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If there's an event that has $N$ chance to occur, what is the probability that over the span of $M$ attempts it will happen exactly M*N times?

Example: $0.1$ chance to get $A$, $0.9$ to get $B$. What is the probability that over $10$ repeats it will be one $A$ and nine $B$'s? And over $100$ repeats to be $10:90$? Intuition says that it should be (1-chance)^times but then the chance is the lower the more repeats there are. However, in real life, the more repeats, the more the ratio approaches probability ratio.

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  • $\begingroup$ If $N=.1$, what does $N/M$ mean? That is meant to be an integer, no? $\endgroup$ – lulu Apr 16 '18 at 15:54
  • $\begingroup$ Oh, sorry. I meant M*N $\endgroup$ – Stepan Filonov Apr 16 '18 at 15:58
  • $\begingroup$ Well, but this is just a binomial distribution. The probability that it happens exactly $k$ times in $M$ trials is $\binom Mk\times N^{k}\times (1-N)^{M-k}$. $\endgroup$ – lulu Apr 16 '18 at 16:02
  • $\begingroup$ Thanks a lot, I wasn't familiar with that topic at all. $\endgroup$ – Stepan Filonov Apr 16 '18 at 16:03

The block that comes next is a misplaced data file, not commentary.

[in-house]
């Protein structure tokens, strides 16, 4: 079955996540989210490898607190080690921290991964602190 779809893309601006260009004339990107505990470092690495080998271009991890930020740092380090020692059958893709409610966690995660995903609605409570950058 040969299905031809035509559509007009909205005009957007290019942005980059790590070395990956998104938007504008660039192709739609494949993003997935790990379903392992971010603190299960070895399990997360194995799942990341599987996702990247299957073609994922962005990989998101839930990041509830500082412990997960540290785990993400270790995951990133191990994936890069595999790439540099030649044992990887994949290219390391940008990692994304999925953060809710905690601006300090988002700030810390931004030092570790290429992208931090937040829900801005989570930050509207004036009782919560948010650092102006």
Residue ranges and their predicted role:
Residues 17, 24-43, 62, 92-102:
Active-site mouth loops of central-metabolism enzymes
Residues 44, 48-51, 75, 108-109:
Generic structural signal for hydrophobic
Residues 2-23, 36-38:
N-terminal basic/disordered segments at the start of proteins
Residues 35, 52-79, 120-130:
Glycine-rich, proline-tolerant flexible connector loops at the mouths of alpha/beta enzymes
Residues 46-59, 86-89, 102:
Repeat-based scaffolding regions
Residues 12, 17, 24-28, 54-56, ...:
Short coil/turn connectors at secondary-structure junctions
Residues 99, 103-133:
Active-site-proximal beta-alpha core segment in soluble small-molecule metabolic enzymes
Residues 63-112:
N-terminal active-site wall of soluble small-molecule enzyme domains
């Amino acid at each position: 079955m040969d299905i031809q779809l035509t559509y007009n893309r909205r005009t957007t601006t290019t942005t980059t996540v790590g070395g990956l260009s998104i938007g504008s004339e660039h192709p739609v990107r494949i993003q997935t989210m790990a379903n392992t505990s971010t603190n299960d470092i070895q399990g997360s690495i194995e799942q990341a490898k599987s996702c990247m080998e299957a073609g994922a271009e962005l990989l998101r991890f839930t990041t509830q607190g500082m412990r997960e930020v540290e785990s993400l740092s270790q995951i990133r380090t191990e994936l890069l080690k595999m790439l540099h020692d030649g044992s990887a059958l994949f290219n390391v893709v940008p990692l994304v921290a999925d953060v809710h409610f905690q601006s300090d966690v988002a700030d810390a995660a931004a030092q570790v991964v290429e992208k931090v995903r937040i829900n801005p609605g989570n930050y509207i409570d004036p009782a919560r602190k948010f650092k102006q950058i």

• $\begingroup$ You need $M \times N$ to be an integer to have any chance of hitting it exactly $\endgroup$ – Henry Apr 16 '18 at 16:17
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The chance the event happens is $\theta$. Say you repeat the experiment $N$ times. You want to know the chance to find the event happening $\theta M$ times. This can be calculated with binomial probability function. Unfortunately, in this case $\theta M$ is not nescesseraly an integer and the binomial distribution is not well defined. If we dont care (too much) though we find $$ P(X=\theta M) = {M\choose\theta M } \theta^{M\theta}(1-\theta)^{M(1-\theta)}$$ Say $\theta = 0.1$ and we calculate the probability for $M=10,100,100$, we find as probabilities $0.387$, $0.132$ and $0.042$. This might seem strange, because you expect is to be close to this ratio as $M$ grows large. However with $M$ growing larger the probablity of $\textit{exactly}$ hitting this ratio becomes less likely. If you would look at the probability of finding the average ratio with a margin of, for example, 1% you would find the probability of being within this margin increases as $M$ grows (just like you would expect!)

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  • $\begingroup$ Thanks, that became very clear to me now. $\endgroup$ – Stepan Filonov Apr 16 '18 at 17:10

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